Using a Community Workshop Model to Initiate Policy, Systems, and Environmental Change That Support Active Living in Indiana, 2014–2015
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Using a Community Workshop Model to Initiate Policy, Systems, and Environmental Change That Support Active Living in Indiana, 2014–2015

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Details:

  • Alternative Title:
    Prev Chronic Dis
  • Description:
    Background

    Engaging in regular physical activity reduces the likelihood of developing chronic diseases. A community’s rates of physical activity are directly connected to its built environment characteristics, which correspondingly affect the chronic disease prevalence of its population. Community planning and design interventions can increase levels of physical activity and reduce chronic disease rates by identifying and removing environmental and policy barriers that may hinder active living.

    Community Context

    Community stakeholder groups of various sizes and in various settings in Indiana are beginning to make changes to their policies, systems, and environments to increase levels of physical activity for residents.

    Methods

    We conducted day-long active living workshops in cities and towns in Indiana to help organize and support public officials, community-based organizations, and advocates in their efforts to promote policy, system, and environmental (PSE) changes that lead to more active communities.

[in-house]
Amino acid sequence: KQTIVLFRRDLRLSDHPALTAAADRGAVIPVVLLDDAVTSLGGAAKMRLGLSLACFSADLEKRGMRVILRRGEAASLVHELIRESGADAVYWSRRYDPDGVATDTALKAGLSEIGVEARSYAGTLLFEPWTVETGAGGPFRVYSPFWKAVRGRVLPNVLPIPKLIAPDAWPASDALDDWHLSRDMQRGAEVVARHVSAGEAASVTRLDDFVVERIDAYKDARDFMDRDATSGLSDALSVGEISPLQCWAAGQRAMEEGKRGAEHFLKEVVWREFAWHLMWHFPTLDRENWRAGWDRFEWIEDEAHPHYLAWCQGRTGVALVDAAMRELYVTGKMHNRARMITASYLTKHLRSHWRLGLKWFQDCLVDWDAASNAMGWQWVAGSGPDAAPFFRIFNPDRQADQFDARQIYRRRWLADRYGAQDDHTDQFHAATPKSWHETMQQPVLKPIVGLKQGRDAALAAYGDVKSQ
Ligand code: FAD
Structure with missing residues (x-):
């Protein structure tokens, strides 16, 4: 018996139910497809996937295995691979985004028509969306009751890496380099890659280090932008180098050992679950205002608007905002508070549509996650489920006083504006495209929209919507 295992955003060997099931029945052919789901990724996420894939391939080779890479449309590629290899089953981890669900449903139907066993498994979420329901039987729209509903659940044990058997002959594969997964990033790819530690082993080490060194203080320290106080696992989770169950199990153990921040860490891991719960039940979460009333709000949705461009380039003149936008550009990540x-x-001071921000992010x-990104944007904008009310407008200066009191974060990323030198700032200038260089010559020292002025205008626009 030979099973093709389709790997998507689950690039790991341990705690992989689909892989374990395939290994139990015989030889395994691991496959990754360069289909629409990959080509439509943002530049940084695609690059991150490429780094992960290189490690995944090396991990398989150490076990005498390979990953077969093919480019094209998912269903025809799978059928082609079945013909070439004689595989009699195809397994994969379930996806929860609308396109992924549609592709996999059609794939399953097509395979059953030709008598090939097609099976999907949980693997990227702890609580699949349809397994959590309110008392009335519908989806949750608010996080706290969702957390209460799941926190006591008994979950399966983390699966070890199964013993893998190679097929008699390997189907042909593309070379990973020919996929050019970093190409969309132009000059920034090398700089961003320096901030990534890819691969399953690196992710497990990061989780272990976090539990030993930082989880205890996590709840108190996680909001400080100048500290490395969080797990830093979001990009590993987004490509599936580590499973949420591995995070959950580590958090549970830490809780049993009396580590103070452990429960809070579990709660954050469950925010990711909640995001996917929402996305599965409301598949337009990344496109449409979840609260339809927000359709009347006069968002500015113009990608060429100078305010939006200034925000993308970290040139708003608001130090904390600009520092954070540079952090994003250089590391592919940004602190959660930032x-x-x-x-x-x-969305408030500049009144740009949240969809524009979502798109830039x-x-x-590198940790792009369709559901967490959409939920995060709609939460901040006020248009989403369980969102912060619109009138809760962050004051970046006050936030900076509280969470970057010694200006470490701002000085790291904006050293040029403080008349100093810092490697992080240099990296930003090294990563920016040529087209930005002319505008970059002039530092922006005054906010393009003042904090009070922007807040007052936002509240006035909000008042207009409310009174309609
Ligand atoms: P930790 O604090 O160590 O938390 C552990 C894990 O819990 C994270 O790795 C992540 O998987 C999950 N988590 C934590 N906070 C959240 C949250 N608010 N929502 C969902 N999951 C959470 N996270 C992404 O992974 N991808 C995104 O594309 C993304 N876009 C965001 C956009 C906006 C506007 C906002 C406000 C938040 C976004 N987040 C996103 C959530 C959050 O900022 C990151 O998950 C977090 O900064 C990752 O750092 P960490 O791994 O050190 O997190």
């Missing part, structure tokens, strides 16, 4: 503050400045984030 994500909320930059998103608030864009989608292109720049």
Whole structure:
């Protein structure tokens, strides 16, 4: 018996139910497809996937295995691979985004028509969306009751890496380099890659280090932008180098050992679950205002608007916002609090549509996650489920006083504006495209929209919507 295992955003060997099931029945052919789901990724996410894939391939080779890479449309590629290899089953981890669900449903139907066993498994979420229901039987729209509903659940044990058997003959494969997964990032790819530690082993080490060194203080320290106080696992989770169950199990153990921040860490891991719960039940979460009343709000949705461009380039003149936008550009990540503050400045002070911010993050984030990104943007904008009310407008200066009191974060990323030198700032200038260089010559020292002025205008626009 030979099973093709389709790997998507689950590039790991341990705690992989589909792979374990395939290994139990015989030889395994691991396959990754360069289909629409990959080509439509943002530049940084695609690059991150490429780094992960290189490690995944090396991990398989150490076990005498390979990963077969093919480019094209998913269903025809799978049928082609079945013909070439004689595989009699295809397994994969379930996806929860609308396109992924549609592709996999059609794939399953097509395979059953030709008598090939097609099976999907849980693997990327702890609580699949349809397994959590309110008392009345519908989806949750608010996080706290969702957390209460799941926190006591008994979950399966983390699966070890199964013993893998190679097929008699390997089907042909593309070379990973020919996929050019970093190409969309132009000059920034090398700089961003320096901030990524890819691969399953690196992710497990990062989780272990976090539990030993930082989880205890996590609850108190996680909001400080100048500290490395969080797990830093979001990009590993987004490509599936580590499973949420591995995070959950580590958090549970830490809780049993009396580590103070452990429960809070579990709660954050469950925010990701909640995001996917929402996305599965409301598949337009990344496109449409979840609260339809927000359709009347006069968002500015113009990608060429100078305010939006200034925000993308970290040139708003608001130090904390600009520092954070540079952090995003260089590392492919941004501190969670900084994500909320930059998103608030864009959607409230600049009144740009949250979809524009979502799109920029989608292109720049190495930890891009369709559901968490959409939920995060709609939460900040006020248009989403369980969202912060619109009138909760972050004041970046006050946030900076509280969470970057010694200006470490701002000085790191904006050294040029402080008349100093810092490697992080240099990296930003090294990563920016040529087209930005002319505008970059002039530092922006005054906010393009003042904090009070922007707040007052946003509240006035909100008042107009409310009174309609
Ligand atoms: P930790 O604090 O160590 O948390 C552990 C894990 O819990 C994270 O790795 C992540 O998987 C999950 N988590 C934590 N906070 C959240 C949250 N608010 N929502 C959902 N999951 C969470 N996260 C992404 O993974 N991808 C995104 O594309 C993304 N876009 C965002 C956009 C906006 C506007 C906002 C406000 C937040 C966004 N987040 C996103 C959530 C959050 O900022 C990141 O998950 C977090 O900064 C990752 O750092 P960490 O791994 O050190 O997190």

Outcome

    We found that following a consistent process of holding a community workshop and then conducting ongoing follow-up activities led to PSE changes within 1 year. Communities that hosted active living workshops created identifiable changes by supporting active living goals through policy adoption, the creation of new advisory committees, and new local funding allocations.

    Interpretation

    The collaborative approach in the workshop provides a successful model for communities to build capacity to implement PSE strategies that support active living. This method requires various community stakeholders to work closely together, using a shared approach to make changes that would be difficult to achieve if they were working independently.

  • Pubmed ID:
    28858605
  • Pubmed Central ID:
    PMC5580728
  • Document Type:
  • Main Document Checksum:
  • File Type:

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